Hindenburg, which accused Nikola, now does the same to Lordstown Motors

Shares of Lordstown Motors Corp fell as much as 23% on Friday after Hindenburg Research took a short position on the electric-pickup-truck maker’s stock.

Lordstown is an electric vehicle SPAC with no revenue and no sellable product, which we believe has misled investors on both its demand and production capabilities,” Hindenburg said.

Lordstown said in January it had received more than 100,000 non-binding production reservations from commercial fleets for its electric truck.

“Our conversations with former employees, business partners and an extensive document review show that the company’s orders are largely fictitious and used as a prop to raise capital and confer legitimacy,” Hindenburg said

on Friday.

Steve Burns, CEO of Lordstown, said in a text message to Bloomberg that “we always stated that pre-orders were non-binding. That is what pre-orders are.”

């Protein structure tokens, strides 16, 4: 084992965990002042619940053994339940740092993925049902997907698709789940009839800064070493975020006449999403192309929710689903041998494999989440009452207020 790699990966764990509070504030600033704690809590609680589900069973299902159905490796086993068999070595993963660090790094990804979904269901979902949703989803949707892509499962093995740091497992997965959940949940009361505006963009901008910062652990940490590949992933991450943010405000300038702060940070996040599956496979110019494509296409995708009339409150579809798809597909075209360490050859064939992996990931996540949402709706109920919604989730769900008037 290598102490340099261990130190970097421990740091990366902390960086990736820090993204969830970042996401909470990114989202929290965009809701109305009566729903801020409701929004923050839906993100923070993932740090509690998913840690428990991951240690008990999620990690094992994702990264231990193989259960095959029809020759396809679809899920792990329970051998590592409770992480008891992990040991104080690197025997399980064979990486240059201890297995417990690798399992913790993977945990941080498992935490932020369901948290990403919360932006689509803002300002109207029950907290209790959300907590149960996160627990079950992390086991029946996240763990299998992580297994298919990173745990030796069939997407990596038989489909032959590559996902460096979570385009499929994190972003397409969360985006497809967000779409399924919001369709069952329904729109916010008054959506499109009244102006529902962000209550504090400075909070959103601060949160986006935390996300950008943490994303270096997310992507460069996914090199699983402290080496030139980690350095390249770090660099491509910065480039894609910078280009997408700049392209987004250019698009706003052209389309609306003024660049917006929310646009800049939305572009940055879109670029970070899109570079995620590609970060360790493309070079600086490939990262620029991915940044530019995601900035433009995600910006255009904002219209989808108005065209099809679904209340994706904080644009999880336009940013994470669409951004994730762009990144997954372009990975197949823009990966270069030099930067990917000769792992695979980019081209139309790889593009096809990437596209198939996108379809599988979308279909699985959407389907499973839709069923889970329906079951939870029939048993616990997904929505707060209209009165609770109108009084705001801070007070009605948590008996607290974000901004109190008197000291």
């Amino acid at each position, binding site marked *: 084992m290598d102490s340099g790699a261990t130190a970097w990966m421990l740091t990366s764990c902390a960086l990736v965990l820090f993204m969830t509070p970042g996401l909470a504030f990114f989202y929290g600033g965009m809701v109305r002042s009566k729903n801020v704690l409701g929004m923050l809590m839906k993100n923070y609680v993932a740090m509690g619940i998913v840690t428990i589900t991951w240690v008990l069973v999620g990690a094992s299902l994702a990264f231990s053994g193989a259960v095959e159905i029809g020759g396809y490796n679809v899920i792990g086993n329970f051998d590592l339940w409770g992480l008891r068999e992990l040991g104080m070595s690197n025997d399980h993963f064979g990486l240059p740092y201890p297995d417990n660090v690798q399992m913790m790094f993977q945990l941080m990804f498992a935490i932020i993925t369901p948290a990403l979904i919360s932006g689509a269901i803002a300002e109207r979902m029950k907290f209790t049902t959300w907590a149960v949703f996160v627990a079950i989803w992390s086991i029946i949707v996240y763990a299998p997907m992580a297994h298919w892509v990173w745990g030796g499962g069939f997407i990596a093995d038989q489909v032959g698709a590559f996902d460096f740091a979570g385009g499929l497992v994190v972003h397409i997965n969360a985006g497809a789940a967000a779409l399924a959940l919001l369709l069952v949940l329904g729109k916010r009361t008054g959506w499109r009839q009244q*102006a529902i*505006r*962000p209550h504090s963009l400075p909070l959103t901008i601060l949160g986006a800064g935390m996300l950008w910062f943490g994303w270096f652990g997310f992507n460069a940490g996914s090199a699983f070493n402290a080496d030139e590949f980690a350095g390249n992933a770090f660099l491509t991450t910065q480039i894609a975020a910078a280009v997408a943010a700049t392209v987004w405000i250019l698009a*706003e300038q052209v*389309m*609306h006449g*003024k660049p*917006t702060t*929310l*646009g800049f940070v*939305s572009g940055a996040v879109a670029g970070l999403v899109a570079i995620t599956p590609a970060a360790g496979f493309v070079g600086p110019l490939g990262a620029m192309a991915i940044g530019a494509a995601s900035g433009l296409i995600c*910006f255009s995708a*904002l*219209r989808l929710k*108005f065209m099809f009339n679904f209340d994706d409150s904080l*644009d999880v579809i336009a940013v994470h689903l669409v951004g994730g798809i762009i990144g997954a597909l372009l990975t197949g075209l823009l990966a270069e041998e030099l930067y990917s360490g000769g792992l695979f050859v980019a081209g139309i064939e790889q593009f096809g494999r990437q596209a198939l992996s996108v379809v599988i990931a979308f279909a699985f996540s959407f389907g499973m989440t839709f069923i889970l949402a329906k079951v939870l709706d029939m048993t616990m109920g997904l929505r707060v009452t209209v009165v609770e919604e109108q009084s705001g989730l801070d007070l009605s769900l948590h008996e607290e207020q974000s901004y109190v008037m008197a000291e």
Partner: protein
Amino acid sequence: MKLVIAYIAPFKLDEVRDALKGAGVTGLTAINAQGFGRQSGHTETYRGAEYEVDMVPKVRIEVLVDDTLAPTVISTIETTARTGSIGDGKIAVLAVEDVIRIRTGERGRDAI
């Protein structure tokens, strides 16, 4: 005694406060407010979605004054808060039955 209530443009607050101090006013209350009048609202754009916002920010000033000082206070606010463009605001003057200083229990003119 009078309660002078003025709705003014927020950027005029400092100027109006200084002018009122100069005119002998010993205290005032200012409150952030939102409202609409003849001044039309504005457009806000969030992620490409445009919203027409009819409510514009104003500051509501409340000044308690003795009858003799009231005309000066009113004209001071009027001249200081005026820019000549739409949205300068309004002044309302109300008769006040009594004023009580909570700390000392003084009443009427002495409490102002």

Burns denied the allegations made in Hindenburg’s report. Lordstown said it will provide a detailed response in coming days, probably at its March 17 earnings report, its first as a public company.

In response to an assertion made in the report that production is three to four years off, Burns said: “We are on track for betas this month and start of production in September. Any statement to the contrary is a lie.”

The short seller also took aim at Nikola Corp in September, accusing the electric-truck maker of fraud, leading to the resignation of its founder, Trevor Milton. Nikola had publicly rejected all accusations.

In February, however, Nikola disclosed that the company and Milton had made several statements that were partially or completely inaccurate, after an internal review.

Following Hindenburg’s accusations, General Motors and Nikola in November announced a reworked agreement on a fuel-cell partnership, allowing the automaker to back out of taking a proposed equity stake in the startup.

Lordstown‘s shares closed down 16.5% at $14.78.